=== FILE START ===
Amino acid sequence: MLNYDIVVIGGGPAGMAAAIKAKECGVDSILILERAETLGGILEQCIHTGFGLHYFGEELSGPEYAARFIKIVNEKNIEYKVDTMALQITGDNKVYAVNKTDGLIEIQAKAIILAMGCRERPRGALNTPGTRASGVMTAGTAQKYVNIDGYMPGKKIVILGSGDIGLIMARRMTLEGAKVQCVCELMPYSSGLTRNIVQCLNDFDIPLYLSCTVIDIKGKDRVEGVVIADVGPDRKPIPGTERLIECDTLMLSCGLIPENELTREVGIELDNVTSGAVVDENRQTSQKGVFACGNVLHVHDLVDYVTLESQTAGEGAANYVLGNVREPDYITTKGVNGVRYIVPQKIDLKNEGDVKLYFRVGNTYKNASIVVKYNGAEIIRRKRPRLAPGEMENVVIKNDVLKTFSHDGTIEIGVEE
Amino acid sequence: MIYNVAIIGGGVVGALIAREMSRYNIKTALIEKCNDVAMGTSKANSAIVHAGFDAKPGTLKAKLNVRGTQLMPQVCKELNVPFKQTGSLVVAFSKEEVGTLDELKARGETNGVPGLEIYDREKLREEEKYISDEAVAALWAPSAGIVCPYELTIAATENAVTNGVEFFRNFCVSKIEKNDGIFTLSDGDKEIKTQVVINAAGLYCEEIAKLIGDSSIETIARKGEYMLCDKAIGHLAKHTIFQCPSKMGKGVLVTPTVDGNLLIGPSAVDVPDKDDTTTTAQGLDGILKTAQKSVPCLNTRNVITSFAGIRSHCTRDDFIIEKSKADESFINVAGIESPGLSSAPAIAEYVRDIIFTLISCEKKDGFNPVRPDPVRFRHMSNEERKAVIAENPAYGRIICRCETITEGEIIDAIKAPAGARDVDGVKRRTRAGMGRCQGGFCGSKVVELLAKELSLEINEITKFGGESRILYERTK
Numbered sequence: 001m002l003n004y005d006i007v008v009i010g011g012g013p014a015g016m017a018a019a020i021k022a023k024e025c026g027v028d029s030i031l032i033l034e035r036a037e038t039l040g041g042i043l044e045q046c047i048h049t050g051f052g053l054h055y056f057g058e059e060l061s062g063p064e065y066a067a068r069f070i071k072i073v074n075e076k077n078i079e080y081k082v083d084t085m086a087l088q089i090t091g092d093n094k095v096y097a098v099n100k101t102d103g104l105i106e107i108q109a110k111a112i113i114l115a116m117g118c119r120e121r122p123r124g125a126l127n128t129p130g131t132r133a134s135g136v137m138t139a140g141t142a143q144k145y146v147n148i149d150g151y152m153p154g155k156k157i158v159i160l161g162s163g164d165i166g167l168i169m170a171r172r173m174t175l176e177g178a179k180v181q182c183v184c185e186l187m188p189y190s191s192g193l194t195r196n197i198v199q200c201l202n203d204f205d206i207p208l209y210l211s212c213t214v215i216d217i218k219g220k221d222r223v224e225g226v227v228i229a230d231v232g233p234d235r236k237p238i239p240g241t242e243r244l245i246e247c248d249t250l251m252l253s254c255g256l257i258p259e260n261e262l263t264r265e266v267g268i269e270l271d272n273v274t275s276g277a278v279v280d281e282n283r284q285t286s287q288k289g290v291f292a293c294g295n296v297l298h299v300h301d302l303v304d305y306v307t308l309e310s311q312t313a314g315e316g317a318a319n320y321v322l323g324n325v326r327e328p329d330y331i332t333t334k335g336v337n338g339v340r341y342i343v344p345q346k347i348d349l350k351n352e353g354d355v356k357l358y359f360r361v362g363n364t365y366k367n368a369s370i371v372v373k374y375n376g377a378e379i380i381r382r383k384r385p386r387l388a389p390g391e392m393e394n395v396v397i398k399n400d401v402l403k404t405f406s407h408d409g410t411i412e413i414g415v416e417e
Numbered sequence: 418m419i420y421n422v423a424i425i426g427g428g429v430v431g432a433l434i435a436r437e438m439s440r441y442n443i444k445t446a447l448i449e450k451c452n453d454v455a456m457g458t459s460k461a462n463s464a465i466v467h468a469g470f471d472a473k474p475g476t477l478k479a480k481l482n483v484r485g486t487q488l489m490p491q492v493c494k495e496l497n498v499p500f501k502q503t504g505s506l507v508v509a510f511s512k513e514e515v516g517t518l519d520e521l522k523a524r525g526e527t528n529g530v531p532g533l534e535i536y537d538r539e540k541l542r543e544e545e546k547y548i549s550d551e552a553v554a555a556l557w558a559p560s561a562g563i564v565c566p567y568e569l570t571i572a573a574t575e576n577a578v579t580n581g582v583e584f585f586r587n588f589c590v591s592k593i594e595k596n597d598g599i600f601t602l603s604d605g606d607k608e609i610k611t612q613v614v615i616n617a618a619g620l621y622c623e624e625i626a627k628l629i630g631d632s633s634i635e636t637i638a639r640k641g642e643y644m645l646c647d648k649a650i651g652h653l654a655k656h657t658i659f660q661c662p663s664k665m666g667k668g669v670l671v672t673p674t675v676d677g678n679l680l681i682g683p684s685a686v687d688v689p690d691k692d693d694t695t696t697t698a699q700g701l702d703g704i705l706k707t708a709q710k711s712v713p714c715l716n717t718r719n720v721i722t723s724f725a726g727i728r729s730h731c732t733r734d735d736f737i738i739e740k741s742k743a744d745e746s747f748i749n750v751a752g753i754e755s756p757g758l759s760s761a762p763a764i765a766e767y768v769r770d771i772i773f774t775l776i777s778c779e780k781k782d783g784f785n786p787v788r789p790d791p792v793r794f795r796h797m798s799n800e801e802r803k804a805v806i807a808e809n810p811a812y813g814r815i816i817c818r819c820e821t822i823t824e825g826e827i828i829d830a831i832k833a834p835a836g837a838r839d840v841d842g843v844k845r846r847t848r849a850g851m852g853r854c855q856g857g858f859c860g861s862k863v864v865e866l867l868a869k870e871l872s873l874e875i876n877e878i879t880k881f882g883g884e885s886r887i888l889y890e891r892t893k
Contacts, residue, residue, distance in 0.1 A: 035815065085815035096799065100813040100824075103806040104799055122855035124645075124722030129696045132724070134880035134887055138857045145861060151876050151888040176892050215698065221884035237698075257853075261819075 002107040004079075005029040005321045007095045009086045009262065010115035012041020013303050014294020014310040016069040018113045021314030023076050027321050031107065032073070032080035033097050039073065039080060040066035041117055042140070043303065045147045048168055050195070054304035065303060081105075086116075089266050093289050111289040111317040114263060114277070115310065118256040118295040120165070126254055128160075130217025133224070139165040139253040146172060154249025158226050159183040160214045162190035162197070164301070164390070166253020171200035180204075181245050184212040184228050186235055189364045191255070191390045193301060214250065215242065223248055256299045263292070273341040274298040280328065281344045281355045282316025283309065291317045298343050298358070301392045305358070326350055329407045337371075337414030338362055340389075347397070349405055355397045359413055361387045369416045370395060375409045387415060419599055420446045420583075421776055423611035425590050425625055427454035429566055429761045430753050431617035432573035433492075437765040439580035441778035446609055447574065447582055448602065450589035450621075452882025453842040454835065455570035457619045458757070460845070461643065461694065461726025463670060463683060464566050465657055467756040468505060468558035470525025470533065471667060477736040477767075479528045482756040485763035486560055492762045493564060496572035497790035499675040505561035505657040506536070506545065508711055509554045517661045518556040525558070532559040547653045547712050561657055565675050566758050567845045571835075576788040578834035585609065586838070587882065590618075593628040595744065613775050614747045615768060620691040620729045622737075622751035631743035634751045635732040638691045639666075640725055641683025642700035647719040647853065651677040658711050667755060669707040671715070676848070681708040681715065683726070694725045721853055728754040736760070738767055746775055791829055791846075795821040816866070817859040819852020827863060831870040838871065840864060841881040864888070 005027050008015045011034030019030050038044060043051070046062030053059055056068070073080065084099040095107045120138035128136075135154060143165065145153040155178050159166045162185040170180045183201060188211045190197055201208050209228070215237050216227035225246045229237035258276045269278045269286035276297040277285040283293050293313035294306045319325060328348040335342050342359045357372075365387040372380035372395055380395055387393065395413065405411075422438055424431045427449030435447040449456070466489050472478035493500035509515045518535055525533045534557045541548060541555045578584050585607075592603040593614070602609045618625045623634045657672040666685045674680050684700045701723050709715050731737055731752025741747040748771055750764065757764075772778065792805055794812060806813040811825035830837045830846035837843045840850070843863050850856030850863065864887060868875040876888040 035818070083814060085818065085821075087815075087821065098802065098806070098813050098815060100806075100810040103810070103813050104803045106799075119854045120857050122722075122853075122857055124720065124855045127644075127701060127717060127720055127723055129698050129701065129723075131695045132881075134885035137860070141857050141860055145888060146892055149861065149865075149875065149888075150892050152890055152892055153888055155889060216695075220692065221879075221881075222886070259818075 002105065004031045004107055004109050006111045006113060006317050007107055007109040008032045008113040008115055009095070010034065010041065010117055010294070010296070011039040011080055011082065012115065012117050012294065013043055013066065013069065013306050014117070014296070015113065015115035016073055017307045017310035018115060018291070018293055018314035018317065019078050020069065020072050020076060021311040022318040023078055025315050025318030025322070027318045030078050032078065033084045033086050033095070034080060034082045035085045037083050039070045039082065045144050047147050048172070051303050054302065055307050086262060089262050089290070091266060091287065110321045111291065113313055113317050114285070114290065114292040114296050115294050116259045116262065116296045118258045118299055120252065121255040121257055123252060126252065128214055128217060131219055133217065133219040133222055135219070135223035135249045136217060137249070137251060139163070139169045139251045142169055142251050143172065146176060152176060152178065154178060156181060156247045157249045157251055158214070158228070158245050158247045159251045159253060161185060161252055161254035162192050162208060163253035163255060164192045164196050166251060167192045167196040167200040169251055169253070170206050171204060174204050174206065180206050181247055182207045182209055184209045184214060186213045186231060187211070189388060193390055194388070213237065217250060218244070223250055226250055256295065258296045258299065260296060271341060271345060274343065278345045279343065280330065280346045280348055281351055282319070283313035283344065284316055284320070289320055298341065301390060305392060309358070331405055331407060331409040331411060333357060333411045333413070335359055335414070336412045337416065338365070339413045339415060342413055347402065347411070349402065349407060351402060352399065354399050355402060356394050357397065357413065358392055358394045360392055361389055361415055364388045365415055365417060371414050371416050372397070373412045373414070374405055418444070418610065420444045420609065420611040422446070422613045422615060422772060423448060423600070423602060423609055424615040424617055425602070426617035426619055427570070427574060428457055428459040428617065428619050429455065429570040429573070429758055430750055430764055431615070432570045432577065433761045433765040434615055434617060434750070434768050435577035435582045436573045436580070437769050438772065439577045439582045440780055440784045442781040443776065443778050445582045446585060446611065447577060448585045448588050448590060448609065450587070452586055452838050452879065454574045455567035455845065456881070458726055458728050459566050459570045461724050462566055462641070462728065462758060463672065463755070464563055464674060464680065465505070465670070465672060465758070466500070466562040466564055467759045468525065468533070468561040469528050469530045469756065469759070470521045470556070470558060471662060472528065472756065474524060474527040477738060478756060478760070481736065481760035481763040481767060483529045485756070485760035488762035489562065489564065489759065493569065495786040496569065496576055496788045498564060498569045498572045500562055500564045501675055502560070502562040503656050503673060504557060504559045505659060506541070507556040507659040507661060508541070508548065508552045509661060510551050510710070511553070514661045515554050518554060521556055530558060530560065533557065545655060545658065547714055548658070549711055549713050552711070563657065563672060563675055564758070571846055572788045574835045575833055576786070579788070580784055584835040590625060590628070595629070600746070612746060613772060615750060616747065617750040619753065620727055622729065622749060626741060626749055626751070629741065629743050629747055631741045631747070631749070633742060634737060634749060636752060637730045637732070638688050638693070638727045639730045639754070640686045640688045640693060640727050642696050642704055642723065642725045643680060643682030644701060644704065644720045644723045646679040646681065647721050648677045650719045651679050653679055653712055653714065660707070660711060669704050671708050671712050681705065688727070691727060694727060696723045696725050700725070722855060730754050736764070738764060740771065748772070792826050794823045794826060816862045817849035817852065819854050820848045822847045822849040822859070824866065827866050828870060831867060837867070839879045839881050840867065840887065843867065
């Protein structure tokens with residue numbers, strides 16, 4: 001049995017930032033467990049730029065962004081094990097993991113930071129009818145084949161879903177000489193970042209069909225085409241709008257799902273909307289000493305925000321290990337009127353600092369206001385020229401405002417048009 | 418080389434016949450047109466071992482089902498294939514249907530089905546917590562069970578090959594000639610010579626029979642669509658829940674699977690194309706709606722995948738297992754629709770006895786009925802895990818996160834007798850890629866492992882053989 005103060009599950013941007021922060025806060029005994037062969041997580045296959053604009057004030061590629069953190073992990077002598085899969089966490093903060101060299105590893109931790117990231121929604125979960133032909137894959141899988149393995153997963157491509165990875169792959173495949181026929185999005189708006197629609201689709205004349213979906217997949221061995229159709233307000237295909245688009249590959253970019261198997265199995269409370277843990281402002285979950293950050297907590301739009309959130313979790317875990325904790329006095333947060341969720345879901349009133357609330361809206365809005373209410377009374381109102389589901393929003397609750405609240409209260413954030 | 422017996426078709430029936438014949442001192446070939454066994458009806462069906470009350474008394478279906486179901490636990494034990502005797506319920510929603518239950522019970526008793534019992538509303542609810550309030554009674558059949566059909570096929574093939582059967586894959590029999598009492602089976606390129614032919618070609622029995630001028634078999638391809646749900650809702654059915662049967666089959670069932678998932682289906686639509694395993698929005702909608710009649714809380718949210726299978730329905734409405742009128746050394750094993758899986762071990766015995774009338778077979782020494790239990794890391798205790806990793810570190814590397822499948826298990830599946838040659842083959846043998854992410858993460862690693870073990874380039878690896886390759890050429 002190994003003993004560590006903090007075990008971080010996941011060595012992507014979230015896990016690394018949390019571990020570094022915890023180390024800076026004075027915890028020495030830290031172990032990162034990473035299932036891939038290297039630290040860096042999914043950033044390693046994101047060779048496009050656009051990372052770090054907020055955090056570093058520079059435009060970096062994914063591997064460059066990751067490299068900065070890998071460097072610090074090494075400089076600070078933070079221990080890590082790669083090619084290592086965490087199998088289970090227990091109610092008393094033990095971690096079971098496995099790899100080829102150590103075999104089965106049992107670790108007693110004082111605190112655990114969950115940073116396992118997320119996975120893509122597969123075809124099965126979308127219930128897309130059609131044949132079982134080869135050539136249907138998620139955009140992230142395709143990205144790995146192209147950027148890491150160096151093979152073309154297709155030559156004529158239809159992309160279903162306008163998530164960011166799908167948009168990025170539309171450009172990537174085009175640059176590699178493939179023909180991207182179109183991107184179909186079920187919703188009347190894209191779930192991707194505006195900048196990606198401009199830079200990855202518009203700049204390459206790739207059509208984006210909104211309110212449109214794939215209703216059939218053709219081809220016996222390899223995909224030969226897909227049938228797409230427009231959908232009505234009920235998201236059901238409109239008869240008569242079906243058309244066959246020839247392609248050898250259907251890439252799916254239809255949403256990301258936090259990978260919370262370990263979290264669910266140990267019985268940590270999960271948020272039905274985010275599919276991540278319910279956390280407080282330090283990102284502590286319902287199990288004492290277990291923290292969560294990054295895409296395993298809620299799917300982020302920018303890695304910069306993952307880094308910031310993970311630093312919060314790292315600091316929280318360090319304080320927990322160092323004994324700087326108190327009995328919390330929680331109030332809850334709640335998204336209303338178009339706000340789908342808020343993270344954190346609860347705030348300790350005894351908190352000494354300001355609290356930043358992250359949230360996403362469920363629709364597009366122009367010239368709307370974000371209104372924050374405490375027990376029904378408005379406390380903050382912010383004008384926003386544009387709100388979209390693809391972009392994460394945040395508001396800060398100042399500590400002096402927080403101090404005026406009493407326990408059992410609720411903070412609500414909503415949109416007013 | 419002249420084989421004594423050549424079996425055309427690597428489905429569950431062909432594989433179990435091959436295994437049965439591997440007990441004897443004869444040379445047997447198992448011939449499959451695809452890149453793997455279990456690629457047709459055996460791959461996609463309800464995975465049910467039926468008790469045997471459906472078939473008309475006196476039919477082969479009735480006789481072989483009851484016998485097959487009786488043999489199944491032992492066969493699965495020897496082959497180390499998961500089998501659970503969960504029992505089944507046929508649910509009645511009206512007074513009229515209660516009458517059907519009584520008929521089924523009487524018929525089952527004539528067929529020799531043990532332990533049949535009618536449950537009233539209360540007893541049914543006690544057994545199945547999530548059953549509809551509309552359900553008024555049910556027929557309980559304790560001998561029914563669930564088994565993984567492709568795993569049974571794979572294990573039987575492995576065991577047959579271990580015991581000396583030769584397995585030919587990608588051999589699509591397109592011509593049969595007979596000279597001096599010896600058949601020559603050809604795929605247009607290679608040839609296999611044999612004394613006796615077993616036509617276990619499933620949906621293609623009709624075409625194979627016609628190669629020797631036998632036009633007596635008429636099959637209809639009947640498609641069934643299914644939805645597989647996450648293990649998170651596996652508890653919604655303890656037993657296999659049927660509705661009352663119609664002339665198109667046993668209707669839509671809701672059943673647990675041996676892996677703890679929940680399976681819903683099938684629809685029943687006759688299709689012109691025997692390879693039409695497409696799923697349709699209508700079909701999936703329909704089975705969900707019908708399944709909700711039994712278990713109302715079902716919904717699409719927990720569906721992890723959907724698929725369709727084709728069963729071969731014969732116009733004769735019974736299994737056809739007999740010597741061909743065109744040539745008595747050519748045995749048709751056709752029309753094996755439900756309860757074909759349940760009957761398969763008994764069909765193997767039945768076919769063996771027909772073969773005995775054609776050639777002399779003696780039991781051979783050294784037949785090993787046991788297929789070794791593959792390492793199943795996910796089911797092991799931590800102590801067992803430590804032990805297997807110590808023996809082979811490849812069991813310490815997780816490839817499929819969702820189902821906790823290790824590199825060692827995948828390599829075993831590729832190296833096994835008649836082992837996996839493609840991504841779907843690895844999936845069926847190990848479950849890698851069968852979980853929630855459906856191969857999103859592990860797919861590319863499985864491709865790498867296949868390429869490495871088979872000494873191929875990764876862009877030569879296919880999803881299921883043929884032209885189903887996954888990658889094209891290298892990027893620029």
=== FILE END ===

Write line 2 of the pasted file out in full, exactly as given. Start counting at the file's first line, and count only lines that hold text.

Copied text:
Amino acid sequence: MIYNVAIIGGGVVGALIAREMSRYNIKTALIEKCNDVAMGTSKANSAIVHAGFDAKPGTLKAKLNVRGTQLMPQVCKELNVPFKQTGSLVVAFSKEEVGTLDELKARGETNGVPGLEIYDREKLREEEKYISDEAVAALWAPSAGIVCPYELTIAATENAVTNGVEFFRNFCVSKIEKNDGIFTLSDGDKEIKTQVVINAAGLYCEEIAKLIGDSSIETIARKGEYMLCDKAIGHLAKHTIFQCPSKMGKGVLVTPTVDGNLLIGPSAVDVPDKDDTTTTAQGLDGILKTAQKSVPCLNTRNVITSFAGIRSHCTRDDFIIEKSKADESFINVAGIESPGLSSAPAIAEYVRDIIFTLISCEKKDGFNPVRPDPVRFRHMSNEERKAVIAENPAYGRIICRCETITEGEIIDAIKAPAGARDVDGVKRRTRAGMGRCQGGFCGSKVVELLAKELSLEINEITKFGGESRILYERTK